The Organization of American Historians promotes excellence
in the scholarship, teaching, and presentation of American history.
Register for the 2021 OAH Virtual Conference
We invite you to register for the 2021 OAH Annual Meeting's Virtual Conference on American History, where you can mingle and make meaningful connections with U.S. historians from across the globe, and reconnect with friends, colleagues, and acquaintances.
- Explore over 150 sessions and workshops;
- Take part in various live discussion groups and events;
- Roam through lounges to meet others or delve into virtual tours, music, or food and;
- Tour the exhibit hall and talk live with publishers, discover new titles, or learn about services to help you in your professional life.
We welcome you to join us online April 15–18, 2021, and meet with those who love American history as much as you do!
OAH Submits Letter of Support for National Historical Publications and Records Commission Funding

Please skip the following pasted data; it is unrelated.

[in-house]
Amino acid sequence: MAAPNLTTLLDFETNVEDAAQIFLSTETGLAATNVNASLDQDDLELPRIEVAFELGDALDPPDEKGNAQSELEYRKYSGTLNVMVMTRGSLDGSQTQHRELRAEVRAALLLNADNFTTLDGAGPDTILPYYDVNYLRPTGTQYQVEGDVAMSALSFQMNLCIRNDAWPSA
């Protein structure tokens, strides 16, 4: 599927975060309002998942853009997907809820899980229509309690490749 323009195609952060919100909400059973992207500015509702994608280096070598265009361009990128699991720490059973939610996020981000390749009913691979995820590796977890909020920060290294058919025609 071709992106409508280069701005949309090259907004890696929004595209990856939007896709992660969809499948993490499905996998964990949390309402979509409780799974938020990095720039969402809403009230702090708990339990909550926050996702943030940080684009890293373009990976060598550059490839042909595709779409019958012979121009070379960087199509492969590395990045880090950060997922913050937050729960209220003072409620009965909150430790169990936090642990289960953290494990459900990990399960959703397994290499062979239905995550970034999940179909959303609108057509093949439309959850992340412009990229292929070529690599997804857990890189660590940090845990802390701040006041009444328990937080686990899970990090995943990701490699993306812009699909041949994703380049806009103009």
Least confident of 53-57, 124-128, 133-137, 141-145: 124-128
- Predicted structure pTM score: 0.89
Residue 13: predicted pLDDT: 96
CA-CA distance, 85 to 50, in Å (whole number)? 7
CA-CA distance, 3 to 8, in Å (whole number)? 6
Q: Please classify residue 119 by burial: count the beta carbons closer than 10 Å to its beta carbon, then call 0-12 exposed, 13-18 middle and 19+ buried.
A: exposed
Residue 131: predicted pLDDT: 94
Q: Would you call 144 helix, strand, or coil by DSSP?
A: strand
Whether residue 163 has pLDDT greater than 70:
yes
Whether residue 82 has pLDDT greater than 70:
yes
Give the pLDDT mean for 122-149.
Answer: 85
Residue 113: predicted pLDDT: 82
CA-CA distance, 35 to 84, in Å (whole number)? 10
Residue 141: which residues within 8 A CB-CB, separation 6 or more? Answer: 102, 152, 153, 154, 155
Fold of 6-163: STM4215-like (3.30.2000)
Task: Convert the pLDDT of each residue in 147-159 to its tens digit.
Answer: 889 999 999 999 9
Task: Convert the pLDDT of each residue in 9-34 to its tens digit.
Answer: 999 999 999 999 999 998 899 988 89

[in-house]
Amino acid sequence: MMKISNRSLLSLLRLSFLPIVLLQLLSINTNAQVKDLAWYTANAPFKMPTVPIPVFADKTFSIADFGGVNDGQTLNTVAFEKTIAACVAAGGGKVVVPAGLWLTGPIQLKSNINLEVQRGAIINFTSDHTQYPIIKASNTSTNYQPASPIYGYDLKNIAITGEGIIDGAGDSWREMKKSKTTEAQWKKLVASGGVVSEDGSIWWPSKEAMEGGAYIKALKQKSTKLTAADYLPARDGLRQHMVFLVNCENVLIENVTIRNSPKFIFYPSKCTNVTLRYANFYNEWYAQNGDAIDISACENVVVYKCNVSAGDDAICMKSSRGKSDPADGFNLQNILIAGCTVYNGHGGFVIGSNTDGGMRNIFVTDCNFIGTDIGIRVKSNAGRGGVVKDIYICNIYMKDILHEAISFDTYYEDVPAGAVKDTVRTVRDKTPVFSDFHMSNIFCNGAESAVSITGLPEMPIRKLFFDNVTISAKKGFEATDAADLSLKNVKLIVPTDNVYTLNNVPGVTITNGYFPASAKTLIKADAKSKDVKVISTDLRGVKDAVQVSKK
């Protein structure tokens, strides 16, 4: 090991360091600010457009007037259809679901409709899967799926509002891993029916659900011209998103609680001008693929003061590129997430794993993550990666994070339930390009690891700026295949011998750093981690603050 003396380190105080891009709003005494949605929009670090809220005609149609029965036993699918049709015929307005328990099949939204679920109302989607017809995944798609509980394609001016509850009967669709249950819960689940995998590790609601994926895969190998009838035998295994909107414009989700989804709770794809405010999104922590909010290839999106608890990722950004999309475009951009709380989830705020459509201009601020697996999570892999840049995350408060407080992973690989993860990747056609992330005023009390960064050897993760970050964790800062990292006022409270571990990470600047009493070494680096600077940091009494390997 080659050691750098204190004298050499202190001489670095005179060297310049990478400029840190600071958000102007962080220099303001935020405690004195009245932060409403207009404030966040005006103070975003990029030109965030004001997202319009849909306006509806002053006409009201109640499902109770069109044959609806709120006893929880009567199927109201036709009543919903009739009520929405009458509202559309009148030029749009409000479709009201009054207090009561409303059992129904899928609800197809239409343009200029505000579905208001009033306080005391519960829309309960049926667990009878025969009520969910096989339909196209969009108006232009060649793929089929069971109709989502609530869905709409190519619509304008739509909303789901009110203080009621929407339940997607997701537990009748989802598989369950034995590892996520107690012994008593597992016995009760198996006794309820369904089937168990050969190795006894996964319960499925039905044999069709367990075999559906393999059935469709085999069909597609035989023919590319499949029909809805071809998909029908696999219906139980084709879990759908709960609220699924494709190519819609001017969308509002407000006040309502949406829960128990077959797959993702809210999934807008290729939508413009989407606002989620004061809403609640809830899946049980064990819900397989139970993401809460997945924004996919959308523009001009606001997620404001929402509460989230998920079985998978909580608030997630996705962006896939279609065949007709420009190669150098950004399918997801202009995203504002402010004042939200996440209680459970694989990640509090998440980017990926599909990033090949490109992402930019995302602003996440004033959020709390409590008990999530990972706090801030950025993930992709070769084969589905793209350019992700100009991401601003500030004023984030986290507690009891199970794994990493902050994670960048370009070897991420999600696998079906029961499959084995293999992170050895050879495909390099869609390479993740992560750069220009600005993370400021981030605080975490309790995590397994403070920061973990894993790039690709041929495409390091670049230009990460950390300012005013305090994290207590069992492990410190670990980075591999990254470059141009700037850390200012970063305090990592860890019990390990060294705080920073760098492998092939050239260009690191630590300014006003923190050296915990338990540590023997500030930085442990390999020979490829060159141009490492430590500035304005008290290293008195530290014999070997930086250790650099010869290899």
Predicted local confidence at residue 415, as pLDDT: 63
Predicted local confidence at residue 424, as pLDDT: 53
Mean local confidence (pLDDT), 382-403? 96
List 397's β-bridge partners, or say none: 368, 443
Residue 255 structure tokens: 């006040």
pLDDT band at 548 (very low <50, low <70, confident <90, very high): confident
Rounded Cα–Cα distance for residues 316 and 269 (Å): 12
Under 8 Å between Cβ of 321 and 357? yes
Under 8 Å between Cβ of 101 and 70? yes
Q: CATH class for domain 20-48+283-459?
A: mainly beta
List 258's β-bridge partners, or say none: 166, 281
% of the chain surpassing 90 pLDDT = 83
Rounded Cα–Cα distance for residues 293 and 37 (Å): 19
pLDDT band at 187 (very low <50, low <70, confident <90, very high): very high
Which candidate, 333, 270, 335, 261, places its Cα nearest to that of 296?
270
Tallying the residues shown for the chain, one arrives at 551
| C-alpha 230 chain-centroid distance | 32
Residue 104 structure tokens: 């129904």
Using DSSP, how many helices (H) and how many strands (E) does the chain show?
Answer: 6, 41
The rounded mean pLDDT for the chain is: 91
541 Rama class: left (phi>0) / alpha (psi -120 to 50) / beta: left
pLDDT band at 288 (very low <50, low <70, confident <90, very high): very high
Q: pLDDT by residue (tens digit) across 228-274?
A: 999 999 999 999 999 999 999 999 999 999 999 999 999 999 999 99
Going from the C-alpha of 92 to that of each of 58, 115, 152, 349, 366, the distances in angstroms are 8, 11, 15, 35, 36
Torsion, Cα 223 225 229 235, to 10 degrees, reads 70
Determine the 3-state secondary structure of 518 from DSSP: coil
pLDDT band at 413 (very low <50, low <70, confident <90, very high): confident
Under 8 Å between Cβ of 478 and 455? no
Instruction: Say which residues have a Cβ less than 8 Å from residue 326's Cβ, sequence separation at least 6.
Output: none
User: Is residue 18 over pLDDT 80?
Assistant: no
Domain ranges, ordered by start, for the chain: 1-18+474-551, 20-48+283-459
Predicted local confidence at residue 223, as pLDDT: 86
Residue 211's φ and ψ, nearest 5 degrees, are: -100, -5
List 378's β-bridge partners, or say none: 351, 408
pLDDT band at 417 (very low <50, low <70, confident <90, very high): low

Dear Mr. Chairman,
On behalf of the membership of the Organization of American Historians we are writing to urge you to fund the National Historical Publications and Records Commission in FY2021, and to reconsider your decision to eliminate NHPRC appropriations. As the largest professional organization in the country representing historians of U.S. history, the OAH asks that you concur with the House in providing the $7 million in funding that the NHPRC requires to serve its core mission of providing national leadership in promoting the preservation and use of the materials of our nation’s documentary heritage through grants that increase preservation, use, and accessibility of documentary collections. The work undertaken by NHPRC is essential to understanding our shared national past.
OAH Statement on White House Conference on American History
In his September 17, 2020, speech at the National Archives on history education, President Trump railed against “Critical race theory, the 1619 Project, and the crusade against American history,” which he characterized as “toxic propaganda, ideological poison that, if not removed, will dissolve the civic bonds that tie us together. It will destroy our country.” Coming at the end of the White House Conference on American History—a hastily-arranged gathering, organized without input or participation from historical associations and including panelists who are not experts in the field—the remarks are only the most recent example of the Trump administration’s misguided and dangerous attempts to politicize the teaching and writing of United States history.